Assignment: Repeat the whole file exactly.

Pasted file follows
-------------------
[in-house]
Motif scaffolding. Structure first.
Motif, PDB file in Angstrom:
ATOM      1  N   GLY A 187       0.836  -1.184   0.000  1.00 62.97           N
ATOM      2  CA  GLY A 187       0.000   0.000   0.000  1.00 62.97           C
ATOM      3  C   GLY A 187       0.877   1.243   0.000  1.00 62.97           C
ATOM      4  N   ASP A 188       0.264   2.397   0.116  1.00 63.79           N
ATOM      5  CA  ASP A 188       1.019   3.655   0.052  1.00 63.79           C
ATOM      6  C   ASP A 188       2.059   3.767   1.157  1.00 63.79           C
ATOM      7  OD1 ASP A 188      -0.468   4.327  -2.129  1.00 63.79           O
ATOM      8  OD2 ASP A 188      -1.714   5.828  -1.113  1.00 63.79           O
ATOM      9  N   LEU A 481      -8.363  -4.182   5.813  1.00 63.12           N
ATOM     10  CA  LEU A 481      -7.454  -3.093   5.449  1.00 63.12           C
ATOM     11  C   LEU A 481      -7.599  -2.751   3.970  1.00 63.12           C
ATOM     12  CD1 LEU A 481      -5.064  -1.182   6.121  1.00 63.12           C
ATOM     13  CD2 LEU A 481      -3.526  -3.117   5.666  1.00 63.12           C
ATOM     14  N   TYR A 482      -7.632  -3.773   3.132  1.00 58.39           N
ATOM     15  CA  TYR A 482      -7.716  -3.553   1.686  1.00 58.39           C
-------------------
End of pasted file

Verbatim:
[in-house]
Motif scaffolding. Structure first.
Motif, PDB file in Angstrom:
ATOM      1  N   GLY A 187       0.836  -1.184   0.000  1.00 62.97           N
ATOM      2  CA  GLY A 187       0.000   0.000   0.000  1.00 62.97           C
ATOM      3  C   GLY A 187       0.877   1.243   0.000  1.00 62.97           C
ATOM      4  N   ASP A 188       0.264   2.397   0.116  1.00 63.79           N
ATOM      5  CA  ASP A 188       1.019   3.655   0.052  1.00 63.79           C
ATOM      6  C   ASP A 188       2.059   3.767   1.157  1.00 63.79           C
ATOM      7  OD1 ASP A 188      -0.468   4.327  -2.129  1.00 63.79           O
ATOM      8  OD2 ASP A 188      -1.714   5.828  -1.113  1.00 63.79           O
ATOM      9  N   LEU A 481      -8.363  -4.182   5.813  1.00 63.12           N
ATOM     10  CA  LEU A 481      -7.454  -3.093   5.449  1.00 63.12           C
ATOM     11  C   LEU A 481      -7.599  -2.751   3.970  1.00 63.12           C
ATOM     12  CD1 LEU A 481      -5.064  -1.182   6.121  1.00 63.12           C
ATOM     13  CD2 LEU A 481      -3.526  -3.117   5.666  1.00 63.12           C
ATOM     14  N   TYR A 482      -7.632  -3.773   3.132  1.00 58.39           N
ATOM     15  CA  TYR A 482      -7.716  -3.553   1.686  1.00 58.39           C